Downward Mobility

Friday, March 30, 2012 — Week of 5 Lent

Innocent of Alaska, Bishop, 1879

Readings for the Daily Office (Book of Common Prayer, p. 957)

Psalms (morning) 95* & 22 // 141, 143:1-11(12) (evening)

Exodus 9:13-35

2 Corinthians 4:1-12

Mark 10:32-45

[Go to for an online version of the Daily Office including today’s scripture readings.]

Jesus’ life has a pattern of downward mobility. And Paul describes his vocation in complementary terms. Reversing the usual assumptions of what is the good life, the successful and blessed life, Jesus and Paul find meaning, peace and divine presence in this other way of being. And both of them inaugurated movements and influences that impact the world two millennia later.

The gospel reading today begins with Jesus on the road, his face set toward Jerusalem. His followers recognize the inevitability of threat and conflict ahead. They are afraid, Mark says. James and John are still living in the old paradigm. They ask to sit at Jesus’ side in his glory. They don’t understand, so he teaches. “Whoever wishes to be first among you must be slave of all.” Now that’s extreme downward mobility.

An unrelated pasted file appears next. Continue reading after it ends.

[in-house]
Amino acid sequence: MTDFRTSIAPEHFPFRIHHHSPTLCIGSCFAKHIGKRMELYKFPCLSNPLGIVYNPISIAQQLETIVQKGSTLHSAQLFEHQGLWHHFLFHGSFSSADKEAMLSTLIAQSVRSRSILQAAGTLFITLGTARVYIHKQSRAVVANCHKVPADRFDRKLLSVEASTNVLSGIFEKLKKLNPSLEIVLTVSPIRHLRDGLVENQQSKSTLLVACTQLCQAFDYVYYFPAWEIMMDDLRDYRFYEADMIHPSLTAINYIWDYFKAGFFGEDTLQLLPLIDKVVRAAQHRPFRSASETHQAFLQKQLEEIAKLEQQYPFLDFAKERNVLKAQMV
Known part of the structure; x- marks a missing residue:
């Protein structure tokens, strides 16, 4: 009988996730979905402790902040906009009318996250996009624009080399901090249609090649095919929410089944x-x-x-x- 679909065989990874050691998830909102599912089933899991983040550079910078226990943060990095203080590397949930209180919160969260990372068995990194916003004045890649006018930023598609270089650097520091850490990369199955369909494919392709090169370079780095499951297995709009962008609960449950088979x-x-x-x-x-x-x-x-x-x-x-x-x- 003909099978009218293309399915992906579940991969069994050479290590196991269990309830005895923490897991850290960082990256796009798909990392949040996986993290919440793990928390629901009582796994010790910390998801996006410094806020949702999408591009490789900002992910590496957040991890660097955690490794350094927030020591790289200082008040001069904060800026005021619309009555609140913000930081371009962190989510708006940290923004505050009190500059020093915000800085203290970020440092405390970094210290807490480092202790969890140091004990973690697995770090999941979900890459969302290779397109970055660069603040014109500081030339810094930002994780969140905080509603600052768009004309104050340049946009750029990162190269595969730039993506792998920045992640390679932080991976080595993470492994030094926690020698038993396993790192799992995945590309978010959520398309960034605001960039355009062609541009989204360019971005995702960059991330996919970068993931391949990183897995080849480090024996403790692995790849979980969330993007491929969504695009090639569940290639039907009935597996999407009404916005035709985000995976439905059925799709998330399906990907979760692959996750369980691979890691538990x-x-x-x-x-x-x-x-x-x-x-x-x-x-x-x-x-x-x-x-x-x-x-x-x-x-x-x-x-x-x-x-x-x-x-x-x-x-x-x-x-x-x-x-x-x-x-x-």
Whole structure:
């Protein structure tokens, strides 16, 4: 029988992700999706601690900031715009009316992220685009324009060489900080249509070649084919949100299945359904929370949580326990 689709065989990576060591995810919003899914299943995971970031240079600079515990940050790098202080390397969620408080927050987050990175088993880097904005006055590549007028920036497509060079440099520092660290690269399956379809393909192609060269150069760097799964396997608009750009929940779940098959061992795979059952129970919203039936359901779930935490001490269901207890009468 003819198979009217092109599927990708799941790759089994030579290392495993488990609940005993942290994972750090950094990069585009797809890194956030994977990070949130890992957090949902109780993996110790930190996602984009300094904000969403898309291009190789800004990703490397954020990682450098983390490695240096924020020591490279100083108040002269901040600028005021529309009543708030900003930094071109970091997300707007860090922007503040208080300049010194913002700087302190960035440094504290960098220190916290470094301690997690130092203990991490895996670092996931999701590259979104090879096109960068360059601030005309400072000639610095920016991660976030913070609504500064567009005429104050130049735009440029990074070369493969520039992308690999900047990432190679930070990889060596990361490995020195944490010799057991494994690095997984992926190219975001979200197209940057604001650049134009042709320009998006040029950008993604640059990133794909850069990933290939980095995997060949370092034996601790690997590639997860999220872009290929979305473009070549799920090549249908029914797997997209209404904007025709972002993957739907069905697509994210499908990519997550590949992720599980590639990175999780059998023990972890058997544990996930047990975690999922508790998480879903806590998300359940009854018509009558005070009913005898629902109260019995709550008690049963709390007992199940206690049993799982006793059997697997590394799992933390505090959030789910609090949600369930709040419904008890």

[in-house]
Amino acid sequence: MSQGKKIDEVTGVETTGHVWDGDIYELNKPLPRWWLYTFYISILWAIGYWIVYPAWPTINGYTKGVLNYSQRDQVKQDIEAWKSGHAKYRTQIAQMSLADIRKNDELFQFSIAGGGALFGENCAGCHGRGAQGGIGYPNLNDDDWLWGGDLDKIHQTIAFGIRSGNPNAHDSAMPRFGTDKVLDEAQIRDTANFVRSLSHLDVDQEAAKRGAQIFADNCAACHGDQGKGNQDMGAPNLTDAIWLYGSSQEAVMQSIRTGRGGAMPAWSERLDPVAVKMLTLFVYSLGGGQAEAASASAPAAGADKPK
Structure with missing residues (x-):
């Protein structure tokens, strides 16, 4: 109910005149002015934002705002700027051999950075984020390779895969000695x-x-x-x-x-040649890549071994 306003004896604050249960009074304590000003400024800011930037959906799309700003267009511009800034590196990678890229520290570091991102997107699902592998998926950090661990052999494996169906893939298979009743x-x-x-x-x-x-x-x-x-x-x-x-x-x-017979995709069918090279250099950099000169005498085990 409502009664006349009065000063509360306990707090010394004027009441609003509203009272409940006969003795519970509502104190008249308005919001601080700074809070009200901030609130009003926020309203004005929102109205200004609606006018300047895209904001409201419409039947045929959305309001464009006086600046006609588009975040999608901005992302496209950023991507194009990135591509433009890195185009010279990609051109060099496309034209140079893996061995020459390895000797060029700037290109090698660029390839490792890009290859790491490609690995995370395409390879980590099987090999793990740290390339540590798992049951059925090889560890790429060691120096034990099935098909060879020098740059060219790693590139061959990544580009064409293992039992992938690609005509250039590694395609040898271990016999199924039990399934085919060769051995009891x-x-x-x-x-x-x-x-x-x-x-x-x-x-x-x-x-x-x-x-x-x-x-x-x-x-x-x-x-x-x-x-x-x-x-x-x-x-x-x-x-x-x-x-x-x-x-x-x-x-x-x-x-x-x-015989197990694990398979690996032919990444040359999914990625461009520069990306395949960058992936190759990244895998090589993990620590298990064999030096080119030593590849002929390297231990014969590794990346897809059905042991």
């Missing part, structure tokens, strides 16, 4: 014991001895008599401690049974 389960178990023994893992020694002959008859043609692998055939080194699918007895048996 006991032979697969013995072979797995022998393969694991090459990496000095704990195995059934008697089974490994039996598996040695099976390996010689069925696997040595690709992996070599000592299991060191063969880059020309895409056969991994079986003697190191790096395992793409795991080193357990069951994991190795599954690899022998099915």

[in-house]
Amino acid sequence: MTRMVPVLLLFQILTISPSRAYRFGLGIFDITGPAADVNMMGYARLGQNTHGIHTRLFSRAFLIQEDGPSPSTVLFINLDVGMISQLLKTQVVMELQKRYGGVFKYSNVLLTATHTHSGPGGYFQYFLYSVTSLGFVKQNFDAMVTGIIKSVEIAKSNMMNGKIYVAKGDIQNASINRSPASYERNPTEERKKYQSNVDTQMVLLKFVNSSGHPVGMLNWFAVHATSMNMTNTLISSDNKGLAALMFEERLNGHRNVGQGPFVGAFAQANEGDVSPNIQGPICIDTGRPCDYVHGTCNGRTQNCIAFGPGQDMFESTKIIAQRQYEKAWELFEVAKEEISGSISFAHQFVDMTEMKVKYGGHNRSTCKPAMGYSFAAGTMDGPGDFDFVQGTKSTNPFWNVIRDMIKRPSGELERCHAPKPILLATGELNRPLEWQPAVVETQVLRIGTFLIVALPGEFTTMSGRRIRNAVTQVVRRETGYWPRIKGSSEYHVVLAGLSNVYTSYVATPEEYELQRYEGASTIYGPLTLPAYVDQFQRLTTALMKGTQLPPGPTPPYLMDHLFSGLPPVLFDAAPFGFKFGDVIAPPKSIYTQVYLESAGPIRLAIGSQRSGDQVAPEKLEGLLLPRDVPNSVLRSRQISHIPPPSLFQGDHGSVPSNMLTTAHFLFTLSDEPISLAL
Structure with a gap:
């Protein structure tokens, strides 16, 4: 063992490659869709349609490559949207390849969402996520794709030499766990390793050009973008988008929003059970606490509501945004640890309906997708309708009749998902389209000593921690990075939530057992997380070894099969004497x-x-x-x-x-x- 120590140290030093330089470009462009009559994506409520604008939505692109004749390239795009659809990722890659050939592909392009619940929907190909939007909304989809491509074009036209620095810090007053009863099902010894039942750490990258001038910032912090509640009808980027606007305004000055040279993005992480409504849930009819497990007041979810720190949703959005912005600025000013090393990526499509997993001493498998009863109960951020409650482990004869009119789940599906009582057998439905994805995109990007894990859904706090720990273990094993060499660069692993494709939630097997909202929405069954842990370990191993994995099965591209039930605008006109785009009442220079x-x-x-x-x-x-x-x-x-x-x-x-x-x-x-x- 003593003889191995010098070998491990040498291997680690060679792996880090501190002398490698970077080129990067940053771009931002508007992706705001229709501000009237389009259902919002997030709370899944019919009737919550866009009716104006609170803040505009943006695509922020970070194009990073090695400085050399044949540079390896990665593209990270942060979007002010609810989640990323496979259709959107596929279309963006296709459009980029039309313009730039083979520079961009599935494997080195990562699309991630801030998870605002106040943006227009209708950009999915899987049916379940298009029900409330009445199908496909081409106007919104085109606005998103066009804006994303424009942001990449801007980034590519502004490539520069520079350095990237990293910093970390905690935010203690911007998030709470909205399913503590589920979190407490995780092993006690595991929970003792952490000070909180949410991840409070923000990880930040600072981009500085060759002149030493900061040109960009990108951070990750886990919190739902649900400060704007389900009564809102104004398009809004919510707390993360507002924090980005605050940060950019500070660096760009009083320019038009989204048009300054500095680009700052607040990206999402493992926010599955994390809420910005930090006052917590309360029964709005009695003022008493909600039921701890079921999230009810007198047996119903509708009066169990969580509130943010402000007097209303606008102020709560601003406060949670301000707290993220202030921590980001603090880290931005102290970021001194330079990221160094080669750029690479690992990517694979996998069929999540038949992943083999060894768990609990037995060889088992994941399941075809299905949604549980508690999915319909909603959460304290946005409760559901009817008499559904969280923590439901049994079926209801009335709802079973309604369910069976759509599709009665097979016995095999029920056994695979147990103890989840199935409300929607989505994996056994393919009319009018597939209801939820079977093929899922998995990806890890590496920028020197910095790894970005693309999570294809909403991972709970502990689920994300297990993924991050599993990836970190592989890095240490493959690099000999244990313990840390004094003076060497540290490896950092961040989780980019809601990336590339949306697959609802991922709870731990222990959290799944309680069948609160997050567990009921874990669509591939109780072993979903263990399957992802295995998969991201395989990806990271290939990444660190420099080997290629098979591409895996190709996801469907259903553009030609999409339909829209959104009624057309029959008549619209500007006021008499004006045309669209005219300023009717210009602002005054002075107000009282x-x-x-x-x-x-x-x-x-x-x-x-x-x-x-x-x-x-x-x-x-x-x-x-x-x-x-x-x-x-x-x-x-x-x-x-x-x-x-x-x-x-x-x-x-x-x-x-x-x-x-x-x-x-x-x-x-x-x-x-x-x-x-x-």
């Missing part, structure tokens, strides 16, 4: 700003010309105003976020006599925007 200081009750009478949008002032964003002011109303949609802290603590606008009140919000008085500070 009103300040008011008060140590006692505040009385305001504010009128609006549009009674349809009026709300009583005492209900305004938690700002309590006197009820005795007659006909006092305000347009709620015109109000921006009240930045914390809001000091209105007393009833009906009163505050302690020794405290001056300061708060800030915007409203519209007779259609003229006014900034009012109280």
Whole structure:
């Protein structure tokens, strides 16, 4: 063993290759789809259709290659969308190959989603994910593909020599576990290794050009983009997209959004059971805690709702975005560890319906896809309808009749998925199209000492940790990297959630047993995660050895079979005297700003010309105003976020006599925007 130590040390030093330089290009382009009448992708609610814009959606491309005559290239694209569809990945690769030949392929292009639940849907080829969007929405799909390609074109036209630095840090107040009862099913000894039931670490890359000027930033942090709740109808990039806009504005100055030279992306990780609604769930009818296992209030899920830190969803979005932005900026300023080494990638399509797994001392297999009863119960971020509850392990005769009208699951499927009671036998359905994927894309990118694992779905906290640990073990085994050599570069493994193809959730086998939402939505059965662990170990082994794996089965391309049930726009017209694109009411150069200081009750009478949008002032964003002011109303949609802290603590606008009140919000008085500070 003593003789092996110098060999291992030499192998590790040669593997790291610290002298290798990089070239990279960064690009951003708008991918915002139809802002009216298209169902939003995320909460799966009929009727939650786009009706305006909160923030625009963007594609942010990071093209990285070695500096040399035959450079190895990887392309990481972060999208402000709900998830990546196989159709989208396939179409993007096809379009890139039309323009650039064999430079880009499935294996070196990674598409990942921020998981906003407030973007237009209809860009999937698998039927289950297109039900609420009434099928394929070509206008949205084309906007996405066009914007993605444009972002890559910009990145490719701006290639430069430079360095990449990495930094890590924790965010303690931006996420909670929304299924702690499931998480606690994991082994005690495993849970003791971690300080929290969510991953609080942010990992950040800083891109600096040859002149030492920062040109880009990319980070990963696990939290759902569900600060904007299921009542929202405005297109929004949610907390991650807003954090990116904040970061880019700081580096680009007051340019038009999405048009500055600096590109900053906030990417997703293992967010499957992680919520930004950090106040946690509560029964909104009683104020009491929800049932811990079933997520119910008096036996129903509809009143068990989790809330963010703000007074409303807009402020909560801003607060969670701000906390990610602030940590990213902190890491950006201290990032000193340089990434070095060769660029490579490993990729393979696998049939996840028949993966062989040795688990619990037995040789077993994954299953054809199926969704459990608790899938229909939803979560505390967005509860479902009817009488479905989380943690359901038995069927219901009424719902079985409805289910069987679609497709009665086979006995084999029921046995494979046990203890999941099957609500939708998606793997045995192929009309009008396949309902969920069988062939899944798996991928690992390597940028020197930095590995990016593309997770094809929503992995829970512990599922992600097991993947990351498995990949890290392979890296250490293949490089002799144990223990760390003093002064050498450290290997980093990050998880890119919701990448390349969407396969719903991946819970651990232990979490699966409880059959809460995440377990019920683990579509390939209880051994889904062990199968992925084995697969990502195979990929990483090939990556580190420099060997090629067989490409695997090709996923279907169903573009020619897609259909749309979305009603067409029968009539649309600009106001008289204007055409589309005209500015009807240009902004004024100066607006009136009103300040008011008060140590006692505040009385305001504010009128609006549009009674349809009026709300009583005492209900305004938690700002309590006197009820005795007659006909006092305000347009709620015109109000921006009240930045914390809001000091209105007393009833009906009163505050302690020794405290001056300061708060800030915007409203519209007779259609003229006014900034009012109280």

Yet listen to the power and freedom this new way creates when someone “gets it.” Paul understands. He says that God’s light shines in his heart. It is “the light of the knowledge of God in the face of Jesus Christ.” It’s all about God. Everything! That realization makes him bulletproof. He is totally hopeful, no matter what. Read again how he describes his life, but don’t let a whisper of whining mar his words. This is a hymn of joy. This is a declaration of triumph and peace. This is an emancipation proclamation:

“We are afflicted in every way, but not crushed; perplexed, but not driven to despair; persecuted, but not forsaken; struck down, but not destroyed; always carrying in the body the death of Jesus, so that the life of Jesus may also be made visible in our bodies. For while we live, we are always being given up to death for Jesus’ sake, so that the life of Jesus may be made visible in our mortal flesh.” (2 Cor. 4:8-11)

Can you see the joyful wonder in Paul’s eyes as he dictates these words? He’s smiling ear to ear. It’s one of those smiles that communicates something like “can you believe the luck?! Isn’t God something? Things are screwed up all around me, but everything’s fine. I’m just fine. God’s working everything out. I don’t have to worry about anything. I’ve died to worry! Look! Out of this stuff, God is creating everything new! Amazing!”

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